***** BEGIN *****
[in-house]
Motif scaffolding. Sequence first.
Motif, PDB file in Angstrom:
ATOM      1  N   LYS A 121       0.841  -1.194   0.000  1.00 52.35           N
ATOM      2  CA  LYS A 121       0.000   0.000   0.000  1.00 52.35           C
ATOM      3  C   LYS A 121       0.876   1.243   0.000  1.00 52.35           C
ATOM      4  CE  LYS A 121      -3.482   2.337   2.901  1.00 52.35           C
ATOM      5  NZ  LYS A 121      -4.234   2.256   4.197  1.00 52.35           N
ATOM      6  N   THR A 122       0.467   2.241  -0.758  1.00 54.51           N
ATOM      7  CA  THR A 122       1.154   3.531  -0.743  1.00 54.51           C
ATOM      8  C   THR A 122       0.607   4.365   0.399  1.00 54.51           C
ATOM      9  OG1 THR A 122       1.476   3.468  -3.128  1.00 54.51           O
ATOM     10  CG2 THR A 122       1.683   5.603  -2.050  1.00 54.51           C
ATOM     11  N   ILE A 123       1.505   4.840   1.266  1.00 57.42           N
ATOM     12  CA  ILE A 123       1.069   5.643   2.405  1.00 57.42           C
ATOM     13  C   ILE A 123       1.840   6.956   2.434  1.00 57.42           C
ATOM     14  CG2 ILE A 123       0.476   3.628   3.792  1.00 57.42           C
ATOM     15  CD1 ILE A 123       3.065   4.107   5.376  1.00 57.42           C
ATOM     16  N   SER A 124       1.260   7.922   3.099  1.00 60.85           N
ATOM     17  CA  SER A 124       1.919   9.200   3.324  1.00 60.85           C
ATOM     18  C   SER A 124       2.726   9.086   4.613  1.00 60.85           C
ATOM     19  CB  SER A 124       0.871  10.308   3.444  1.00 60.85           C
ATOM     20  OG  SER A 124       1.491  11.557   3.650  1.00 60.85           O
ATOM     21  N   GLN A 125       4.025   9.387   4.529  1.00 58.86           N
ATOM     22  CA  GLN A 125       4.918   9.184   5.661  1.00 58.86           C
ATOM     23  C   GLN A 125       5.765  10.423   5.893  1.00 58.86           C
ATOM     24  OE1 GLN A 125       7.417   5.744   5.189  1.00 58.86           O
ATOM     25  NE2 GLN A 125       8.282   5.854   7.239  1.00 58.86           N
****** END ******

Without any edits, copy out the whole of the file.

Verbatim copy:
[in-house]
Motif scaffolding. Sequence first.
Motif, PDB file in Angstrom:
ATOM      1  N   LYS A 121       0.841  -1.194   0.000  1.00 52.35           N
ATOM      2  CA  LYS A 121       0.000   0.000   0.000  1.00 52.35           C
ATOM      3  C   LYS A 121       0.876   1.243   0.000  1.00 52.35           C
ATOM      4  CE  LYS A 121      -3.482   2.337   2.901  1.00 52.35           C
ATOM      5  NZ  LYS A 121      -4.234   2.256   4.197  1.00 52.35           N
ATOM      6  N   THR A 122       0.467   2.241  -0.758  1.00 54.51           N
ATOM      7  CA  THR A 122       1.154   3.531  -0.743  1.00 54.51           C
ATOM      8  C   THR A 122       0.607   4.365   0.399  1.00 54.51           C
ATOM      9  OG1 THR A 122       1.476   3.468  -3.128  1.00 54.51           O
ATOM     10  CG2 THR A 122       1.683   5.603  -2.050  1.00 54.51           C
ATOM     11  N   ILE A 123       1.505   4.840   1.266  1.00 57.42           N
ATOM     12  CA  ILE A 123       1.069   5.643   2.405  1.00 57.42           C
ATOM     13  C   ILE A 123       1.840   6.956   2.434  1.00 57.42           C
ATOM     14  CG2 ILE A 123       0.476   3.628   3.792  1.00 57.42           C
ATOM     15  CD1 ILE A 123       3.065   4.107   5.376  1.00 57.42           C
ATOM     16  N   SER A 124       1.260   7.922   3.099  1.00 60.85           N
ATOM     17  CA  SER A 124       1.919   9.200   3.324  1.00 60.85           C
ATOM     18  C   SER A 124       2.726   9.086   4.613  1.00 60.85           C
ATOM     19  CB  SER A 124       0.871  10.308   3.444  1.00 60.85           C
ATOM     20  OG  SER A 124       1.491  11.557   3.650  1.00 60.85           O
ATOM     21  N   GLN A 125       4.025   9.387   4.529  1.00 58.86           N
ATOM     22  CA  GLN A 125       4.918   9.184   5.661  1.00 58.86           C
ATOM     23  C   GLN A 125       5.765  10.423   5.893  1.00 58.86           C
ATOM     24  OE1 GLN A 125       7.417   5.744   5.189  1.00 58.86           O
ATOM     25  NE2 GLN A 125       8.282   5.854   7.239  1.00 58.86           N